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On the Waterfront

Paul Gambaccini returns with the series about how some of the greatest Best Picture Oscar winning films were made, and what they tell us about the history of the time.
The 27th Academy Awards, for the films released in 1954, were dominated by ON THE WATERFRONT, a gritty, black and white masterpiece, which takes us down to the highly unionised New Jersey docks, then controlled by the mob.
A real tale of corruption and murder on the waterfront is transformed into a fiction - as a simple minded ex-boxer, played by Marlon Brando, wrestles with his conscience as he turns informer to win the girl he loves.
ON THE WATERFRONT not only gives us the most famous scene ever to take place in the back of a taxi, ("I coulda been a contender!"), it also showcases the talents of director Elia Kazan, and an astonishingly strong support cast - Rod Steiger, Karl Malden, Lee J. Cobb and newcomer Eva Marie Saint- Method Acting at its height.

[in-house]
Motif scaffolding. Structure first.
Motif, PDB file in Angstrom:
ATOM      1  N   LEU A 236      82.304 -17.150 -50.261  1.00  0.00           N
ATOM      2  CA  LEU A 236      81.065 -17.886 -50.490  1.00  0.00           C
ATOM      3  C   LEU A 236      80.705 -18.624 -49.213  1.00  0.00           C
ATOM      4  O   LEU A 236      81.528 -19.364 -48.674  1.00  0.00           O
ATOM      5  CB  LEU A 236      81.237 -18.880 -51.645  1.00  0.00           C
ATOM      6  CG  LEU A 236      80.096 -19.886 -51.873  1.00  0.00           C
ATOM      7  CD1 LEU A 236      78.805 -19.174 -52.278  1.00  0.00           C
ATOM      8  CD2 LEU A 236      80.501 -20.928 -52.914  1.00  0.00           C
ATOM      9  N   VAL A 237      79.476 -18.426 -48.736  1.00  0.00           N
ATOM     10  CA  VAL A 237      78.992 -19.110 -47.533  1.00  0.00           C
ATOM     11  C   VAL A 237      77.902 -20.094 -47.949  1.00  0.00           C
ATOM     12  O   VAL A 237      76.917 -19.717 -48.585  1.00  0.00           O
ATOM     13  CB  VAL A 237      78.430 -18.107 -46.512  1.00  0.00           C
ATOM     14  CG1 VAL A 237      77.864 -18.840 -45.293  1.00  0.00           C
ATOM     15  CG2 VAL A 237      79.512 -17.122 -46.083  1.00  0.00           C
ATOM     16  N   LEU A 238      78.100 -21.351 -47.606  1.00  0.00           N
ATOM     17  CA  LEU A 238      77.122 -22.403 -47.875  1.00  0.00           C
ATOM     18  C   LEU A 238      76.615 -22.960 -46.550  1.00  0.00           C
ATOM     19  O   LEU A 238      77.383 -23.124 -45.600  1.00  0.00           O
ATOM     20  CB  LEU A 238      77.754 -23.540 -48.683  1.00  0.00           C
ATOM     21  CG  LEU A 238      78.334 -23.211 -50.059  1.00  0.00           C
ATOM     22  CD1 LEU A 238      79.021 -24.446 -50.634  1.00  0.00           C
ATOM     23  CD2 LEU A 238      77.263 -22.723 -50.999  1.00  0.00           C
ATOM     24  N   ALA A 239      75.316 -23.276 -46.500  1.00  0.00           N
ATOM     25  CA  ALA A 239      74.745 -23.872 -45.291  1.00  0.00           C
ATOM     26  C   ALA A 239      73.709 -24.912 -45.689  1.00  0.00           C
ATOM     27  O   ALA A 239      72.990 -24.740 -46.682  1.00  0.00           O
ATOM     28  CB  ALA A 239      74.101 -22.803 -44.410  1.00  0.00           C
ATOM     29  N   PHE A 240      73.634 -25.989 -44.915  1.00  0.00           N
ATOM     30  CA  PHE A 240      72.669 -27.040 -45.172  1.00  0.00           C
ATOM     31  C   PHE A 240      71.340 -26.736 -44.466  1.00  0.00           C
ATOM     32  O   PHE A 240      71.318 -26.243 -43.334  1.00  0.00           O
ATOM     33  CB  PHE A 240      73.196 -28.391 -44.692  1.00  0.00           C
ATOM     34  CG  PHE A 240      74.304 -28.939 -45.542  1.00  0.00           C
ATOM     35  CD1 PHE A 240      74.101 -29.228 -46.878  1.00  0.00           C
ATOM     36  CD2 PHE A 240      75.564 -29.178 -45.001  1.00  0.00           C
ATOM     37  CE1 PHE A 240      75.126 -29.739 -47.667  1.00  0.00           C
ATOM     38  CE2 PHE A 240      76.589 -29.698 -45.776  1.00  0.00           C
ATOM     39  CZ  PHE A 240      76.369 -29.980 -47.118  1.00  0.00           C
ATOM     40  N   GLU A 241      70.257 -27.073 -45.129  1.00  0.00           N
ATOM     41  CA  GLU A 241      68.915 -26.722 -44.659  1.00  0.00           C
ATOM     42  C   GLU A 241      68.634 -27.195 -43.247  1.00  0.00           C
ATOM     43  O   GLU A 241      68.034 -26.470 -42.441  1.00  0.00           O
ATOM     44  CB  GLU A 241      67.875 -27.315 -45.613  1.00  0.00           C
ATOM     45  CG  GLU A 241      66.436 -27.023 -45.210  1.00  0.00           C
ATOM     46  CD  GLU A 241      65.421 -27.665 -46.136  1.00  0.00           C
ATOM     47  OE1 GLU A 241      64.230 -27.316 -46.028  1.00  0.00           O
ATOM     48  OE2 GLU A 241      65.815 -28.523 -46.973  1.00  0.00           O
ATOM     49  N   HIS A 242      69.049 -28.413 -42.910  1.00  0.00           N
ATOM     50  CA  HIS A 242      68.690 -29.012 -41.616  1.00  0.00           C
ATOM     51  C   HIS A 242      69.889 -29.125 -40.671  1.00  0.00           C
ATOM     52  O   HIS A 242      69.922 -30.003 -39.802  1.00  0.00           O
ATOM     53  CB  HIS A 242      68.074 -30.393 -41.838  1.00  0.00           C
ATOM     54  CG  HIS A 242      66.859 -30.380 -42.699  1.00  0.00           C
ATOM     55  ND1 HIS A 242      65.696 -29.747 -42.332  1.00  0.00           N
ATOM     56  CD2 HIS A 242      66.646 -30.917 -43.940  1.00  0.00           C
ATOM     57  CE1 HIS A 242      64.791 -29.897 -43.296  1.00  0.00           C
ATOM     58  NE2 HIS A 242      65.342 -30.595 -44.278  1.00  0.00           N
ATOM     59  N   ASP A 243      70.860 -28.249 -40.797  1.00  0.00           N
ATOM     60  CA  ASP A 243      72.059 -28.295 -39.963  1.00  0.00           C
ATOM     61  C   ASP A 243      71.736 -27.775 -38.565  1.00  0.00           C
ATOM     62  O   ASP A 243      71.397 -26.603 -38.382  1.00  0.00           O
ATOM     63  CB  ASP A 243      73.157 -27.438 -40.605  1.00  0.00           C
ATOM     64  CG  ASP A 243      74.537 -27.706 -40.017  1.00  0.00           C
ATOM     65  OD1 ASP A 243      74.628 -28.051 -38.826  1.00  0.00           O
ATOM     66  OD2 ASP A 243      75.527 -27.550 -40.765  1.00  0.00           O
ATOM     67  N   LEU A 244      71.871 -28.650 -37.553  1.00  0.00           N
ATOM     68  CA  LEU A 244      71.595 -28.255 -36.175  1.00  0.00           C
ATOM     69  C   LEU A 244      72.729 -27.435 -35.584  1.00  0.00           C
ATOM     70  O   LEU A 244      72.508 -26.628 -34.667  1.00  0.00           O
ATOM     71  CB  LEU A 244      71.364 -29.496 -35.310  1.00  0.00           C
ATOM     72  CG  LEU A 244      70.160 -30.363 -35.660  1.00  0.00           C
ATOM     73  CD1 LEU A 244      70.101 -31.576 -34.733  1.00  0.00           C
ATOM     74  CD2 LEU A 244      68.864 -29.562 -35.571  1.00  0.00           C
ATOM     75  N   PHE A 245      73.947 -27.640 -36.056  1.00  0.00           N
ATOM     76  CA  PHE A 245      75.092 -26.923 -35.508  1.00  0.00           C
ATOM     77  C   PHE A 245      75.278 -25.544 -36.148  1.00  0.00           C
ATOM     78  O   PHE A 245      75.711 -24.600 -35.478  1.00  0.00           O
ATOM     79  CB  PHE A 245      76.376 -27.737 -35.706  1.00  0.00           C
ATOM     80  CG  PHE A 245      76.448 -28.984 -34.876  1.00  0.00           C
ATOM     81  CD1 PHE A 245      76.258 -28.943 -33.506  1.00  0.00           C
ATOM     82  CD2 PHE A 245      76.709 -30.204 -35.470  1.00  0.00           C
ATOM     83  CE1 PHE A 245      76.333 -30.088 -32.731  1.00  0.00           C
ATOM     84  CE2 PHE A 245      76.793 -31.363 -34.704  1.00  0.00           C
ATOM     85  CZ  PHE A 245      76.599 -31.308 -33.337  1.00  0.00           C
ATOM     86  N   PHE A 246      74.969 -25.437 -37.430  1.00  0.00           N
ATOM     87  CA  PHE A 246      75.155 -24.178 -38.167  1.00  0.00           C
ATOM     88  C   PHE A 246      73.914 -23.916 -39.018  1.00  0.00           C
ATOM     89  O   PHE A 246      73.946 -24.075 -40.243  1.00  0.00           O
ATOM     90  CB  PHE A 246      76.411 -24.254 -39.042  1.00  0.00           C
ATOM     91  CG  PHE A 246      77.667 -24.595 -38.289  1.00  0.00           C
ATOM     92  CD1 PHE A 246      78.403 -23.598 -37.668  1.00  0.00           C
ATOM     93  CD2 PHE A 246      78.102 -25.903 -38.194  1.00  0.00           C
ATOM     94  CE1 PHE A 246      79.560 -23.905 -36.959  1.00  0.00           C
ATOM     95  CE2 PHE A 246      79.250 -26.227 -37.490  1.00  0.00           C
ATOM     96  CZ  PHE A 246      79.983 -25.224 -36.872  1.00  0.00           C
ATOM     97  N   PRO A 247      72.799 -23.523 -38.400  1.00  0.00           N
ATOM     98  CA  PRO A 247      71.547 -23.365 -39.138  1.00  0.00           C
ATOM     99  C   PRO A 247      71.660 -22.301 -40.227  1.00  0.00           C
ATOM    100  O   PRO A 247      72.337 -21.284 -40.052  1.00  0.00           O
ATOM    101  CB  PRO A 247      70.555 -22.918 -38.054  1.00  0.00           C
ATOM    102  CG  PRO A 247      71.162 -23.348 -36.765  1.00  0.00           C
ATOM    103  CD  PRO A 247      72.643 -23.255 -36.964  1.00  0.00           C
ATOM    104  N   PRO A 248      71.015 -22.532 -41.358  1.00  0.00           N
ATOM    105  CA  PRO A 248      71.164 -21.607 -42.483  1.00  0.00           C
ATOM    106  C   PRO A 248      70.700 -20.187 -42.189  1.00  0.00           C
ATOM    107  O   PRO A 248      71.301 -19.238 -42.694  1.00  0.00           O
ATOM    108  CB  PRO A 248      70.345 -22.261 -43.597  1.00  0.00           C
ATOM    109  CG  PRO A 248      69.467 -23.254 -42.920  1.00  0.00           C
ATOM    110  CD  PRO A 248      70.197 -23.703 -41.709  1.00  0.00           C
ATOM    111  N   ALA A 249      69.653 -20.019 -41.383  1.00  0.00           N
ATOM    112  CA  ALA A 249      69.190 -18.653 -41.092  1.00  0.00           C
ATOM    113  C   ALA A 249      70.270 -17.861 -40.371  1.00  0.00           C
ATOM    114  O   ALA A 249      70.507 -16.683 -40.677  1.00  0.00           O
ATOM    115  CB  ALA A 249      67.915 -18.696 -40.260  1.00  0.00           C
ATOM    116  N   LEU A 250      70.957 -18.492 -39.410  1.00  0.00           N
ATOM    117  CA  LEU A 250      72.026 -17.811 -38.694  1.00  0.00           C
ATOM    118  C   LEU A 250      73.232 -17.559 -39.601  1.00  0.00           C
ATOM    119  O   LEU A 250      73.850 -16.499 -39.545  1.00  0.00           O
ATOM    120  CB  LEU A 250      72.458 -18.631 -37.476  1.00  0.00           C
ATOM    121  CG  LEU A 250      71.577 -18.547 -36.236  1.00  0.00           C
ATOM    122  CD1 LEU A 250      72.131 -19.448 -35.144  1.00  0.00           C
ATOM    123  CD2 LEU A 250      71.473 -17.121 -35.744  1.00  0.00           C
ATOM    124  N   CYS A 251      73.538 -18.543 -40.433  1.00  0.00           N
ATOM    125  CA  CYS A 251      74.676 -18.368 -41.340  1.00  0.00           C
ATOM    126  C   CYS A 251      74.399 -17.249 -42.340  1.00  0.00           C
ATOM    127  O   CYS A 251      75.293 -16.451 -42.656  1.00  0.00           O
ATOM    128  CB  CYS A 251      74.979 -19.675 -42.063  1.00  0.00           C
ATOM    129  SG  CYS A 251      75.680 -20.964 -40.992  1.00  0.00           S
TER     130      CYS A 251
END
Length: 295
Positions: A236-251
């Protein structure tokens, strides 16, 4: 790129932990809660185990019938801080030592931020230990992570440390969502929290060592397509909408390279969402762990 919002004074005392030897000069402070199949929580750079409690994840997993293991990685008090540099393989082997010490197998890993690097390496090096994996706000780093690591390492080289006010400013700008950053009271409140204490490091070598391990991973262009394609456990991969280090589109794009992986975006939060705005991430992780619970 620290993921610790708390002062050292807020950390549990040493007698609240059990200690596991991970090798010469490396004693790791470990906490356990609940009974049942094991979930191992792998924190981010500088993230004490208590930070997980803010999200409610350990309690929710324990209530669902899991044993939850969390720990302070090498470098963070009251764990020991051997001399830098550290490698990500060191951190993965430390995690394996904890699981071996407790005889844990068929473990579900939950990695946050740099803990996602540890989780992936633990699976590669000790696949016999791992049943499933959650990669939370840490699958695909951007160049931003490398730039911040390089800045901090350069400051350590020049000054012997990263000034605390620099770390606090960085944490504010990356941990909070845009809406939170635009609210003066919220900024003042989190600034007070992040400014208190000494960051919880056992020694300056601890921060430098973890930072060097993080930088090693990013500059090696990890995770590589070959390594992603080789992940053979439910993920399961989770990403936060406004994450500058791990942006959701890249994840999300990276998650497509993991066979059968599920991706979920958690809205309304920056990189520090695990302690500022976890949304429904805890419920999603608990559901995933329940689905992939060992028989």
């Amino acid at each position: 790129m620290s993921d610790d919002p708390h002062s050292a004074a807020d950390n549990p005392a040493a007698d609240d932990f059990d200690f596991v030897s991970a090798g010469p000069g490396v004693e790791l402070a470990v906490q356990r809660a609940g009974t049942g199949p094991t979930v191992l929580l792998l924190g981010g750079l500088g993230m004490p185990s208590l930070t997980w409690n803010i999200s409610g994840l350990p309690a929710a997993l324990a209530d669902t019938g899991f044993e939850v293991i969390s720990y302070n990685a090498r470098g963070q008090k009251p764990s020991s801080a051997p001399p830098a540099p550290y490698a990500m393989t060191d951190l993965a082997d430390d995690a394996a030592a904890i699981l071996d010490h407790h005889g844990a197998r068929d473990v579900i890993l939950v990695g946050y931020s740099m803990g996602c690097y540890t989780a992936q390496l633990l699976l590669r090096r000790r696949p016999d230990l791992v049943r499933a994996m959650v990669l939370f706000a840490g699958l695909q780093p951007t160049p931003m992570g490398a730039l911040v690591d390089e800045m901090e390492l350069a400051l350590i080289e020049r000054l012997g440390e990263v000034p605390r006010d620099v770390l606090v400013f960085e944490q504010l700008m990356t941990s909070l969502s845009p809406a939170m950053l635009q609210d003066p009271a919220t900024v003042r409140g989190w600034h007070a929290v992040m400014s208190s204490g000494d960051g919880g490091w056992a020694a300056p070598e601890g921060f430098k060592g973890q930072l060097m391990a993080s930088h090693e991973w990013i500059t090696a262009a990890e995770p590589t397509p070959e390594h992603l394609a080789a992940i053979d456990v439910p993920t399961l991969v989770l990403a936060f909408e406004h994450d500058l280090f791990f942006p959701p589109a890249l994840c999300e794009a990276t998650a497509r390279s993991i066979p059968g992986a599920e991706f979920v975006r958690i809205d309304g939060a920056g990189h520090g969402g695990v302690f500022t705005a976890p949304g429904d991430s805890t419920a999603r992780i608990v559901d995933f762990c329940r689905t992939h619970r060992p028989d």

It also marks the end of the powerful team of director Elia Kazan and Method actor Marlon Brando - blown apart by Brando's horror at Kazan's decision to testify in front of the House Un-American Activities Committee, HUAC - then investigating the red-scare in Hollywood.
Is it a coincidence that ON THE WATERFRONT tells the story of a man who informs - snitches on his friends - but holds the moral high ground?
With a rich mix of archive and original interviews with actors, screen writers and film critics, and a revelatory interview with Thomas Hanley, a real life longshoreman who played Brando's young friend Tommy back in 1954, Paul Gambaccini presents "And The Academy Award Goes to... On The Waterfront."

Producer: Sara Jane Hall.

30 minutes

Last on

Sat 2 Feb 2013 10:30
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